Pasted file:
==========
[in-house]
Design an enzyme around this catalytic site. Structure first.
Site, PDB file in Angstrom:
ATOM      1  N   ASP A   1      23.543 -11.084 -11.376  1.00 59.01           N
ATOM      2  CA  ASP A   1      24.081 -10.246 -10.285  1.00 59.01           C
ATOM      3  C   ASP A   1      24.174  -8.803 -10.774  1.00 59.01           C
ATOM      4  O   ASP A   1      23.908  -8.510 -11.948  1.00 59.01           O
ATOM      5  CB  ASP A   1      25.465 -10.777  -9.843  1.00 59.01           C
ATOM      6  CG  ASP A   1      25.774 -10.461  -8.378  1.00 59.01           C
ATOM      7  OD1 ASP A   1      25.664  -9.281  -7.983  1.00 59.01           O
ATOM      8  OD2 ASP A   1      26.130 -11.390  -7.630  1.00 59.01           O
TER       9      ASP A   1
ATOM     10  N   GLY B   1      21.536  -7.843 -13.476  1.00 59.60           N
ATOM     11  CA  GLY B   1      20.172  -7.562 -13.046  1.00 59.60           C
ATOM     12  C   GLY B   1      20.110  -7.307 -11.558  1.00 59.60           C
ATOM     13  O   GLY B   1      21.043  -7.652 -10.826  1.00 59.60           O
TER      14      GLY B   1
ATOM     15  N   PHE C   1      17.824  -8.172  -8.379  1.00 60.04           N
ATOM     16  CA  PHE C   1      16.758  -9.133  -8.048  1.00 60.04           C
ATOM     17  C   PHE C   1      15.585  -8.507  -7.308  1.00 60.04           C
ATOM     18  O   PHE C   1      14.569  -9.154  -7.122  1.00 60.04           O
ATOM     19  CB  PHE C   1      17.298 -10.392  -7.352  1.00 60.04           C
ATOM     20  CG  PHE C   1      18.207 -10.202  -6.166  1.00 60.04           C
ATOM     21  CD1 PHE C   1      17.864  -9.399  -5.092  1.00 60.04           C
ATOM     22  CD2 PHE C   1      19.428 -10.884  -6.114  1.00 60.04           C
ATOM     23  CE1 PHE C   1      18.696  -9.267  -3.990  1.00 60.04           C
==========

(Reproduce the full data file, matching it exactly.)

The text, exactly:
[in-house]
Design an enzyme around this catalytic site. Structure first.
Site, PDB file in Angstrom:
ATOM      1  N   ASP A   1      23.543 -11.084 -11.376  1.00 59.01           N
ATOM      2  CA  ASP A   1      24.081 -10.246 -10.285  1.00 59.01           C
ATOM      3  C   ASP A   1      24.174  -8.803 -10.774  1.00 59.01           C
ATOM      4  O   ASP A   1      23.908  -8.510 -11.948  1.00 59.01           O
ATOM      5  CB  ASP A   1      25.465 -10.777  -9.843  1.00 59.01           C
ATOM      6  CG  ASP A   1      25.774 -10.461  -8.378  1.00 59.01           C
ATOM      7  OD1 ASP A   1      25.664  -9.281  -7.983  1.00 59.01           O
ATOM      8  OD2 ASP A   1      26.130 -11.390  -7.630  1.00 59.01           O
TER       9      ASP A   1
ATOM     10  N   GLY B   1      21.536  -7.843 -13.476  1.00 59.60           N
ATOM     11  CA  GLY B   1      20.172  -7.562 -13.046  1.00 59.60           C
ATOM     12  C   GLY B   1      20.110  -7.307 -11.558  1.00 59.60           C
ATOM     13  O   GLY B   1      21.043  -7.652 -10.826  1.00 59.60           O
TER      14      GLY B   1
ATOM     15  N   PHE C   1      17.824  -8.172  -8.379  1.00 60.04           N
ATOM     16  CA  PHE C   1      16.758  -9.133  -8.048  1.00 60.04           C
ATOM     17  C   PHE C   1      15.585  -8.507  -7.308  1.00 60.04           C
ATOM     18  O   PHE C   1      14.569  -9.154  -7.122  1.00 60.04           O
ATOM     19  CB  PHE C   1      17.298 -10.392  -7.352  1.00 60.04           C
ATOM     20  CG  PHE C   1      18.207 -10.202  -6.166  1.00 60.04           C
ATOM     21  CD1 PHE C   1      17.864  -9.399  -5.092  1.00 60.04           C
ATOM     22  CD2 PHE C   1      19.428 -10.884  -6.114  1.00 60.04           C
ATOM     23  CE1 PHE C   1      18.696  -9.267  -3.990  1.00 60.04           C